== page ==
Flora Payne Whitney (1897-1986) was engaged to marry Quentin Roosevelt before he was killed in World War I. Flora, called “Fouf” by Quentin, grew up in an extremely wealthy home as the granddaughter of Cornelius Vanderbilt, and the daughter of Gloria Vanderbilt and Harry Payne Whitney. Flora stood to inherit vast sums from both sides of her family.
She attended two elite schools, Brearley in New York and Foxcroft in Virginia. She made her debut at the Whitney family “cottage” in Newport, Rhode Island, on August 4, 1916. Both Archie and Quentin Roosevelt were present.
War had been raging in Europe since 1914, and once the United States entered the conflict in April 1917, Quentin left his studies at Harvard College and volunteered for the U.S. Army Air Service. Before he sailed for Europe, he and Flora became engaged. Theodore Roosevelt did not approve of Flora’s robber baron grandfather, nor of her parents, their excessive money and leisure time. For their part, the Whitneys hoped their daughter would marry a man of means, and compared to the Whitneys, the Roosevelts were only modestly wealthy. Nevertheless, from 1914 to the end of his life, Theodore Roosevelt wrote for Harry Payne Whitney's Metropolitan Magazine where he penned articles criticizing President Woodrow Wilson's wartime decisions.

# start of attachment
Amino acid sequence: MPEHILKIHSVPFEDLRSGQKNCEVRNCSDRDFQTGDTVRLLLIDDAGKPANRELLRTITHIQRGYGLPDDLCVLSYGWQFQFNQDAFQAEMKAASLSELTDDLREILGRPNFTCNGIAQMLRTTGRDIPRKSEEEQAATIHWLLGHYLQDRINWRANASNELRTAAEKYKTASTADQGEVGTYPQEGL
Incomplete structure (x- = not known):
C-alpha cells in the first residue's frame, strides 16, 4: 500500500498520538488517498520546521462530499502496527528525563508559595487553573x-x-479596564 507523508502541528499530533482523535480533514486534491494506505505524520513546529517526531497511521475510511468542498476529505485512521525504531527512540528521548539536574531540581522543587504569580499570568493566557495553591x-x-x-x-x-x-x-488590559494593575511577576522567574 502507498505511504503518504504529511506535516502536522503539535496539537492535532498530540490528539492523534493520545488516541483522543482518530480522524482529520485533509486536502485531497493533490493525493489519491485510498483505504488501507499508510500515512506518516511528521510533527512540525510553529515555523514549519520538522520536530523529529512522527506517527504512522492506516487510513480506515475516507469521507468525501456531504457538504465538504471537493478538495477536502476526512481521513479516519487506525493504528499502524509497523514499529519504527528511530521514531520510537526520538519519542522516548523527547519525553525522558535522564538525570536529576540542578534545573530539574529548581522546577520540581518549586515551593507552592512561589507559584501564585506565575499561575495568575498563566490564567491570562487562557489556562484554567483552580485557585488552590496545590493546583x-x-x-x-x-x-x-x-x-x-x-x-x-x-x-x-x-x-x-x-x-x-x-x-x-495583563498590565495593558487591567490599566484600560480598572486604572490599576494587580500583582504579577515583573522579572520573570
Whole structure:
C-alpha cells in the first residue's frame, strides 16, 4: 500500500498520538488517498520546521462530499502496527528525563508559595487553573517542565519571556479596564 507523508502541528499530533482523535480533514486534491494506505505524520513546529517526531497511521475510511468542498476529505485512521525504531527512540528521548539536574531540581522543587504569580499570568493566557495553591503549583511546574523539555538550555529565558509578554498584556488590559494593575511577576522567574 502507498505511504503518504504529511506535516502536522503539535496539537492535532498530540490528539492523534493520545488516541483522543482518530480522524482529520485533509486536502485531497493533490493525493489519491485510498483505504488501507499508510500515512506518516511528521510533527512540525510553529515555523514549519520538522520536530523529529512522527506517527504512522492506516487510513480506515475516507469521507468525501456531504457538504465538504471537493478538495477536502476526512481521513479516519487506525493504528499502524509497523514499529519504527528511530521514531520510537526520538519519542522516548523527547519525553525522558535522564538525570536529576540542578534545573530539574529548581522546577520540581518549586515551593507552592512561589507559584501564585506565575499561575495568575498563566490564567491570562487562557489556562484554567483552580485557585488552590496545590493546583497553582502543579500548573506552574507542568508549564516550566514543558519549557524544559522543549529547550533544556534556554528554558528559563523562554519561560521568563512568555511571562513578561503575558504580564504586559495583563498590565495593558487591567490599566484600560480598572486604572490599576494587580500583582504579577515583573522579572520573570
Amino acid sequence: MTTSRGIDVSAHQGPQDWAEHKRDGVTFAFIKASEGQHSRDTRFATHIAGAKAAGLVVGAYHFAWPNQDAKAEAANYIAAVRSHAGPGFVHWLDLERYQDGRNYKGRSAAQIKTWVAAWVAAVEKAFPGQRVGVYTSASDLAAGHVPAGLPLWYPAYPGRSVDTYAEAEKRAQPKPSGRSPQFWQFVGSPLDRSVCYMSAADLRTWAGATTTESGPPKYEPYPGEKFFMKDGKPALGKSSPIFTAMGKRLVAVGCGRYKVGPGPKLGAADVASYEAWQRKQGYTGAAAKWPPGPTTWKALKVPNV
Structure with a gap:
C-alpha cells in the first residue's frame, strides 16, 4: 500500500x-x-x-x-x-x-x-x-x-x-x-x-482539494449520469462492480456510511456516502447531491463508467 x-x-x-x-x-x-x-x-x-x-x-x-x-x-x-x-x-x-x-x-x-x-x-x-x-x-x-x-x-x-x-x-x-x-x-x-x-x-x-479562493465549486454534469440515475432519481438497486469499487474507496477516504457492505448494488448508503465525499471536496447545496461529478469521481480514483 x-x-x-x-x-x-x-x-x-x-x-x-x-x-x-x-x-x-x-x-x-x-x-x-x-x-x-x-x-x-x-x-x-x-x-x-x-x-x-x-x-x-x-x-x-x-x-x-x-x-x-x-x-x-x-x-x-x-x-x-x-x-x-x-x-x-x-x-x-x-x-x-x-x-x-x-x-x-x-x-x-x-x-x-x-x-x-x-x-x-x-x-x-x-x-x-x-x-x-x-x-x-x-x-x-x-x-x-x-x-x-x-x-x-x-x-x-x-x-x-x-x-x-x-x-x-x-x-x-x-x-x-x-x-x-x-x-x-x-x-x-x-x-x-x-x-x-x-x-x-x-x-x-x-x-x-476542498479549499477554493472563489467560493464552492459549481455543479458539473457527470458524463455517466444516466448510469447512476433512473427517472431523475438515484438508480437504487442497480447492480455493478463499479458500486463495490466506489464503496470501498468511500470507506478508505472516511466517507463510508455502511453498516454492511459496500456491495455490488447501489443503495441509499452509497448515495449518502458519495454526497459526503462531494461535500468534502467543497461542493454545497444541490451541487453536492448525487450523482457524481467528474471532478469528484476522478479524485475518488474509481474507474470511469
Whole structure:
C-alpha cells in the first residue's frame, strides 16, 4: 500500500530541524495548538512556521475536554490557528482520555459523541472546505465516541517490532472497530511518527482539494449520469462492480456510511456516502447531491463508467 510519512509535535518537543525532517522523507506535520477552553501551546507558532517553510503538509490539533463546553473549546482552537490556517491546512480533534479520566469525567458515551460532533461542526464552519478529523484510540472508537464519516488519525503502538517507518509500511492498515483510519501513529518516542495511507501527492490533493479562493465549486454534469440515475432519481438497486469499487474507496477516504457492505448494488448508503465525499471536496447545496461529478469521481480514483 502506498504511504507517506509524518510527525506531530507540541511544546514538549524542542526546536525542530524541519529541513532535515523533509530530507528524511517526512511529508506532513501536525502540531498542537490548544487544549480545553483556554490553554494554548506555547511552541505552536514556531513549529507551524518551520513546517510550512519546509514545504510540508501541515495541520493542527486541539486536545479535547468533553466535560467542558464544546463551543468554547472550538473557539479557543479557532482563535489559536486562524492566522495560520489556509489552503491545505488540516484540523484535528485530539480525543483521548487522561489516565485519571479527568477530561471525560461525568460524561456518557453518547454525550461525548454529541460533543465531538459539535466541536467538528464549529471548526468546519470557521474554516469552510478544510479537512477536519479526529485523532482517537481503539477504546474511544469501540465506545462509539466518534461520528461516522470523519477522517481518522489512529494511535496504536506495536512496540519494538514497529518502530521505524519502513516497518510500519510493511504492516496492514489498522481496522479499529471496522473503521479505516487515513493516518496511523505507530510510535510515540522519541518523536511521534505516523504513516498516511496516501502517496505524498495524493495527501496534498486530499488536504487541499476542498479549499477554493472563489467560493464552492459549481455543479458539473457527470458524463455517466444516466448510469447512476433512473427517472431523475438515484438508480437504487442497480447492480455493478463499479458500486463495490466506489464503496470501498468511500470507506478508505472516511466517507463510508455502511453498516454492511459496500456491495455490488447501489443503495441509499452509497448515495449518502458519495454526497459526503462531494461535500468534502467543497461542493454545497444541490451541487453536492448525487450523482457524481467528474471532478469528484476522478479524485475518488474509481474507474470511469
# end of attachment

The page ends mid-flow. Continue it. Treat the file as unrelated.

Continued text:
After Quentin's enlistment, the couple kept up a lengthy correspondence. They attempted to marry in France, where Quentin was training in the new science of aviation, but were logistically unable to do so. In June 1918, Quentin was made a flight commander in the 95th Aero Squadron. On July 14, his plane was shot down in France, where he was buried.
Flora grew much closer to the Roosevelt family after Quentin’s death as they grieved together. Ted and Eleanor asked her to be godmother to their fourth child, Quentin, in November 1919. Eventually, Flora resumed her life. In 1920 she married Roderick Tower, who, like Quentin, was a pilot. They divorced in 1925. Her second marriage was to George M. Miller III. She was an art patron, and served as director, trustee, and president of the Whitney Museum of Art, founded in New York City in 1931, by her mother, who was a noted sculptor. In 1986, at age 88, Flora Whitney Miller died in Glen Cove, Long Island, survived by her four children.